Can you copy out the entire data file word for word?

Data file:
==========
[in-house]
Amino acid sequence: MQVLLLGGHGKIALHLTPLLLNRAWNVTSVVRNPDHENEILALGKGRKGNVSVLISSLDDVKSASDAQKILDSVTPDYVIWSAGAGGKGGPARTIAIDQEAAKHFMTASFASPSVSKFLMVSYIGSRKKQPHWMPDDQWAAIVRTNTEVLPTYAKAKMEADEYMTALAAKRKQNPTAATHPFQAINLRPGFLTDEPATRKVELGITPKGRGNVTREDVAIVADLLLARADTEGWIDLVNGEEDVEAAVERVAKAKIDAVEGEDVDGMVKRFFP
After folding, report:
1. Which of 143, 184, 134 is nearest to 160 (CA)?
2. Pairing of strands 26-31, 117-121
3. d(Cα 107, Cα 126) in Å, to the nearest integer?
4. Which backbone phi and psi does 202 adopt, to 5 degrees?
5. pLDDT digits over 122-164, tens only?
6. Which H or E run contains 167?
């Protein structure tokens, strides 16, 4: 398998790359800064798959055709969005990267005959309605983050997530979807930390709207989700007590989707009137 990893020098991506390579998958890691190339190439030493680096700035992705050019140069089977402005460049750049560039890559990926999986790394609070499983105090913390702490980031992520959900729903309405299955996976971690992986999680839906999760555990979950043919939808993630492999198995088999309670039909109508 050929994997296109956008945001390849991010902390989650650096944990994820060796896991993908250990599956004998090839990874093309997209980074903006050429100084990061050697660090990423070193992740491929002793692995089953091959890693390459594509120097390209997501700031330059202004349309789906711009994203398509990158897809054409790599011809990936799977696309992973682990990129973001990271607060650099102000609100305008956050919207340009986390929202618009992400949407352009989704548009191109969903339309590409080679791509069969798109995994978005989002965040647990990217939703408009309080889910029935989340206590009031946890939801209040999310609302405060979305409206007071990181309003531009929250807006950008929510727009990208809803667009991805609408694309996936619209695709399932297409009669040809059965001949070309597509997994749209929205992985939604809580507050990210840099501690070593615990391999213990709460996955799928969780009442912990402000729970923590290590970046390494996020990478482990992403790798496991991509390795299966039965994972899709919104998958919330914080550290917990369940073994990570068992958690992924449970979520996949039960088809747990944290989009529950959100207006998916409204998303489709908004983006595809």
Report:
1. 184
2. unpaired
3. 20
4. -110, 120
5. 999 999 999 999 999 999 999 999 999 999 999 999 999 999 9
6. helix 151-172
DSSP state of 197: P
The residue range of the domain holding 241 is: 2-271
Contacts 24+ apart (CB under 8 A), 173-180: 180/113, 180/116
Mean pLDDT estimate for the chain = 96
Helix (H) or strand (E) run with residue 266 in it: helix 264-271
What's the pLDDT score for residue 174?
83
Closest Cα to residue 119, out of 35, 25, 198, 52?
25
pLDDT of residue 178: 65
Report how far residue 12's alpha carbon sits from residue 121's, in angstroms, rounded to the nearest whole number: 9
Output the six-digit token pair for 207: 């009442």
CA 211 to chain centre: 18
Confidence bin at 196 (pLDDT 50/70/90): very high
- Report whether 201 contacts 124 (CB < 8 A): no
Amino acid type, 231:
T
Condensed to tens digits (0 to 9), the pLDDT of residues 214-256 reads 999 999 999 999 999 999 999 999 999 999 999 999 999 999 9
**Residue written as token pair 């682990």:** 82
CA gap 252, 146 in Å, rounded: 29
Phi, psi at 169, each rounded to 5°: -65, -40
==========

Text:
[in-house]
Amino acid sequence: MQVLLLGGHGKIALHLTPLLLNRAWNVTSVVRNPDHENEILALGKGRKGNVSVLISSLDDVKSASDAQKILDSVTPDYVIWSAGAGGKGGPARTIAIDQEAAKHFMTASFASPSVSKFLMVSYIGSRKKQPHWMPDDQWAAIVRTNTEVLPTYAKAKMEADEYMTALAAKRKQNPTAATHPFQAINLRPGFLTDEPATRKVELGITPKGRGNVTREDVAIVADLLLARADTEGWIDLVNGEEDVEAAVERVAKAKIDAVEGEDVDGMVKRFFP
After folding, report:
1. Which of 143, 184, 134 is nearest to 160 (CA)?
2. Pairing of strands 26-31, 117-121
3. d(Cα 107, Cα 126) in Å, to the nearest integer?
4. Which backbone phi and psi does 202 adopt, to 5 degrees?
5. pLDDT digits over 122-164, tens only?
6. Which H or E run contains 167?
């Protein structure tokens, strides 16, 4: 398998790359800064798959055709969005990267005959309605983050997530979807930390709207989700007590989707009137 990893020098991506390579998958890691190339190439030493680096700035992705050019140069089977402005460049750049560039890559990926999986790394609070499983105090913390702490980031992520959900729903309405299955996976971690992986999680839906999760555990979950043919939808993630492999198995088999309670039909109508 050929994997296109956008945001390849991010902390989650650096944990994820060796896991993908250990599956004998090839990874093309997209980074903006050429100084990061050697660090990423070193992740491929002793692995089953091959890693390459594509120097390209997501700031330059202004349309789906711009994203398509990158897809054409790599011809990936799977696309992973682990990129973001990271607060650099102000609100305008956050919207340009986390929202618009992400949407352009989704548009191109969903339309590409080679791509069969798109995994978005989002965040647990990217939703408009309080889910029935989340206590009031946890939801209040999310609302405060979305409206007071990181309003531009929250807006950008929510727009990208809803667009991805609408694309996936619209695709399932297409009669040809059965001949070309597509997994749209929205992985939604809580507050990210840099501690070593615990391999213990709460996955799928969780009442912990402000729970923590290590970046390494996020990478482990992403790798496991991509390795299966039965994972899709919104998958919330914080550290917990369940073994990570068992958690992924449970979520996949039960088809747990944290989009529950959100207006998916409204998303489709908004983006595809």
Report:
1. 184
2. unpaired
3. 20
4. -110, 120
5. 999 999 999 999 999 999 999 999 999 999 999 999 999 999 9
6. helix 151-172
DSSP state of 197: P
The residue range of the domain holding 241 is: 2-271
Contacts 24+ apart (CB under 8 A), 173-180: 180/113, 180/116
Mean pLDDT estimate for the chain = 96
Helix (H) or strand (E) run with residue 266 in it: helix 264-271
What's the pLDDT score for residue 174?
83
Closest Cα to residue 119, out of 35, 25, 198, 52?
25
pLDDT of residue 178: 65
Report how far residue 12's alpha carbon sits from residue 121's, in angstroms, rounded to the nearest whole number: 9
Output the six-digit token pair for 207: 């009442």
CA 211 to chain centre: 18
Confidence bin at 196 (pLDDT 50/70/90): very high
- Report whether 201 contacts 124 (CB < 8 A): no
Amino acid type, 231:
T
Condensed to tens digits (0 to 9), the pLDDT of residues 214-256 reads 999 999 999 999 999 999 999 999 999 999 999 999 999 999 9
**Residue written as token pair 């682990």:** 82
CA gap 252, 146 in Å, rounded: 29
Phi, psi at 169, each rounded to 5°: -65, -40